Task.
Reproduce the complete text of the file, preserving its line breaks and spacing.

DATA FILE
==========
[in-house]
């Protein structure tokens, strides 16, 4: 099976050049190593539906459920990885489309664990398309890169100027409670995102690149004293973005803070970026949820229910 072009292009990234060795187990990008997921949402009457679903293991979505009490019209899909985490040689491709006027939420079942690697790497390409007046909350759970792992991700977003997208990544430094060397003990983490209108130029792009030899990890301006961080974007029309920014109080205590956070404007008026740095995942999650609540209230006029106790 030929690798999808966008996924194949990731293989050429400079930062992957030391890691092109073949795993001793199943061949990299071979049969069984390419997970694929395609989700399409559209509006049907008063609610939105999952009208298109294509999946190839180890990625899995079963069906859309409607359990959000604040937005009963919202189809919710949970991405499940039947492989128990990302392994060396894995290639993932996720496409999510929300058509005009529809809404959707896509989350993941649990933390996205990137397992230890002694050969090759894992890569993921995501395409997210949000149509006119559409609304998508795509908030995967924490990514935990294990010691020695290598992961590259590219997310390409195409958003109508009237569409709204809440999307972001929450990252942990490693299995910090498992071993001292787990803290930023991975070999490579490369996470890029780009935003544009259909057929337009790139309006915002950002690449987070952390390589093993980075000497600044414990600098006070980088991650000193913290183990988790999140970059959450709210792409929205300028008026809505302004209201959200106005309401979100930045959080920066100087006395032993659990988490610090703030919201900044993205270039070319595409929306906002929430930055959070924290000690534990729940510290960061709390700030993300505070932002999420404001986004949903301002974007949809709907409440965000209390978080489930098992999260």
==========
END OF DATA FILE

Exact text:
[in-house]
């Protein structure tokens, strides 16, 4: 099976050049190593539906459920990885489309664990398309890169100027409670995102690149004293973005803070970026949820229910 072009292009990234060795187990990008997921949402009457679903293991979505009490019209899909985490040689491709006027939420079942690697790497390409007046909350759970792992991700977003997208990544430094060397003990983490209108130029792009030899990890301006961080974007029309920014109080205590956070404007008026740095995942999650609540209230006029106790 030929690798999808966008996924194949990731293989050429400079930062992957030391890691092109073949795993001793199943061949990299071979049969069984390419997970694929395609989700399409559209509006049907008063609610939105999952009208298109294509999946190839180890990625899995079963069906859309409607359990959000604040937005009963919202189809919710949970991405499940039947492989128990990302392994060396894995290639993932996720496409999510929300058509005009529809809404959707896509989350993941649990933390996205990137397992230890002694050969090759894992890569993921995501395409997210949000149509006119559409609304998508795509908030995967924490990514935990294990010691020695290598992961590259590219997310390409195409958003109508009237569409709204809440999307972001929450990252942990490693299995910090498992071993001292787990803290930023991975070999490579490369996470890029780009935003544009259909057929337009790139309006915002950002690449987070952390390589093993980075000497600044414990600098006070980088991650000193913290183990988790999140970059959450709210792409929205300028008026809505302004209201959200106005309401979100930045959080920066100087006395032993659990988490610090703030919201900044993205270039070319595409929306906002929430930055959070924290000690534990729940510290960061709390700030993300505070932002999420404001986004949903301002974007949809709907409440965000209390978080489930098992999260």